Gun rights advocate and former Obama colleague: President used to treat him as ‘evil’

Jamie Weinstein | Senior Writer

Economist John Lott, noted for his academic advocacy of gun rights, says that when Barack Obama was his colleague at the University of Chicago, the future president treated him as if he were “evil.”

Lott relates his interactions with Obama in his new book, co-authored with Americans for Tax Reform’s Grover Norquist, “Debacle: Obama’s War on Jobs and Growth and What We can Do Now to Regain Our Future.”

“The book relates a couple out of the dozen-and-a-half conversations that I had with him,” Lott told The Daily Caller. “But they were all very short, cut off by Obama turning his back on me and walking away.”

“He wouldn’t shake hands. It was very clear that Obama disagreed on the gun issue and acted as if he believed that people who he disagreed with were not just wrong, but evil. Unlike other liberal academics who usually enjoyed discussing opposing ideas, Obama simply showed disdain.”

Lott and Obama were colleagues at the University of Chicago Law School in the 1990s.

The book’s main focus is Obama’s economic policies, which the authors contend have exacerbated America’s economic woes.

“We wanted to put together a book that explained how the stimulus [the $787 billion American Recovery and Reinvestment Act of 2009] made the economy worse, provide evidence for that claim, and explain what could be done to increase growth,” said Lott, a Fox News contributor who has held teaching and research positions at elite universities including Yale and Stanford.

TheDC’s interview with Lott explored how he believes President Obama has mishandled the economy, what policies he believes should be implemented to spark an economic recovery, the seriousness of our looming entitlement crisis and much more.

Why did you decide to write the book?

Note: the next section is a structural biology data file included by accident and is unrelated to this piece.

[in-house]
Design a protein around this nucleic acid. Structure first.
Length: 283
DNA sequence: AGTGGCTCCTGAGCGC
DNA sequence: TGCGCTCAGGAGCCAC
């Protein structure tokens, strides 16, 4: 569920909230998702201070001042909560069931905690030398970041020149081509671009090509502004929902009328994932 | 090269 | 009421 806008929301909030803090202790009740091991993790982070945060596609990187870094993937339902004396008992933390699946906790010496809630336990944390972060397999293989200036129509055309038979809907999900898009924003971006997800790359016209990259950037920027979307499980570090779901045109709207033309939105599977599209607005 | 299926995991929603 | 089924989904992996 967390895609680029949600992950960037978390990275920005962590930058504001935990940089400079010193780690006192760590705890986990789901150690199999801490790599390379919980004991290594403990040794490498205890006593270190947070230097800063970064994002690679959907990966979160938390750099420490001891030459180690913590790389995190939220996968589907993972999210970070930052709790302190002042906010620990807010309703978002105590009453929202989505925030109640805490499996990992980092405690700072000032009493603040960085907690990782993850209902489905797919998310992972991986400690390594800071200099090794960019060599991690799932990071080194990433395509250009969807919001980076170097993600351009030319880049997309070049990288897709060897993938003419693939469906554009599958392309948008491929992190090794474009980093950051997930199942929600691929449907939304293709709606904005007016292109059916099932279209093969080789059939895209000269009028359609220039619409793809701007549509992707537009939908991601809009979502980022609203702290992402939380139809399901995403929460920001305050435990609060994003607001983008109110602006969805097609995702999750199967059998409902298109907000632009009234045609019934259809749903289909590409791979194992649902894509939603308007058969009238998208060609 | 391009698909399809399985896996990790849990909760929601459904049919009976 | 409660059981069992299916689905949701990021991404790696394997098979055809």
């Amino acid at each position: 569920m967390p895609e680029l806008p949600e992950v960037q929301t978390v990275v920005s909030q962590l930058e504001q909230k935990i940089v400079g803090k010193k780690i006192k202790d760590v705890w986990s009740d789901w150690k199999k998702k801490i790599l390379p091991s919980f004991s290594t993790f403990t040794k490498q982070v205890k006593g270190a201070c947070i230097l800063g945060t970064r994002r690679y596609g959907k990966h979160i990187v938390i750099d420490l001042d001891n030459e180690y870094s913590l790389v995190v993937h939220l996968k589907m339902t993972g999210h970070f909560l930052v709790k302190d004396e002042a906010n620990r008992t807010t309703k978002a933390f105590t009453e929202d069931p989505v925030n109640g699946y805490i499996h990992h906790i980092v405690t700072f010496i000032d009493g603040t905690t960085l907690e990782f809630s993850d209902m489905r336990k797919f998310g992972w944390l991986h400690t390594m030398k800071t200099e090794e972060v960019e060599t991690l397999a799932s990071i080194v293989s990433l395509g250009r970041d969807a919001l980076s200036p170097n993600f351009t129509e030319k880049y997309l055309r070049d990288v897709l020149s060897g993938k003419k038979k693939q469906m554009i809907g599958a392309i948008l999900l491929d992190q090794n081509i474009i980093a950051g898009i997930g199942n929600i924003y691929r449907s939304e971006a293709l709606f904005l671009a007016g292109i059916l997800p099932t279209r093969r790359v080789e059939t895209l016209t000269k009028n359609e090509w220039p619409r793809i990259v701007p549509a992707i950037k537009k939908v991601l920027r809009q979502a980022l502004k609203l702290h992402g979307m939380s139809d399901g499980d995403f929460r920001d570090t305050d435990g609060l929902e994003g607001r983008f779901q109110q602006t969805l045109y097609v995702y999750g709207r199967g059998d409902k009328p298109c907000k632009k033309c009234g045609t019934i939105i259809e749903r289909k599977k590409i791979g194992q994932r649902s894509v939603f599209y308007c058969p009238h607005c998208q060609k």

People know that Obama’s repeated promises to grow the economy have been broken time and time again. People know that Obama promised the stimulus would keep unemployment below 8 percent, but what is missing is an explanation for why the stimulus raised unemployment and made this the worst recovery on record.

There is always some excuse. That they made these predictions before they knew how bad the economy really was (false). That the Japanese earthquake or economic problems in Europe were at fault. The economy had already slowed down long before then and it can’t explain why other countries from Germany to Canada, countries that didn’t follow Obama’s Keynesian policies have done so much better. The list of claims is quite long.

We wanted to put together a book that explained how the stimulus made the economy worse, provide evidence for that claim, and explain what could be done to increase growth.

You knew Obama somewhat when you were both professors at the University of Chicago. What was your interaction with him like? 

Obama and I overlapped for four years at the University of Chicago Law School, though he was rarely around. When Obama joined the school as a part-time lecturer, it was made quite clear to everyone that he was going to use the job to run for public office. Being a part-time lecturer with no research responsibilities left him with the opportunity to spend almost all of his week to go out and campaign for office.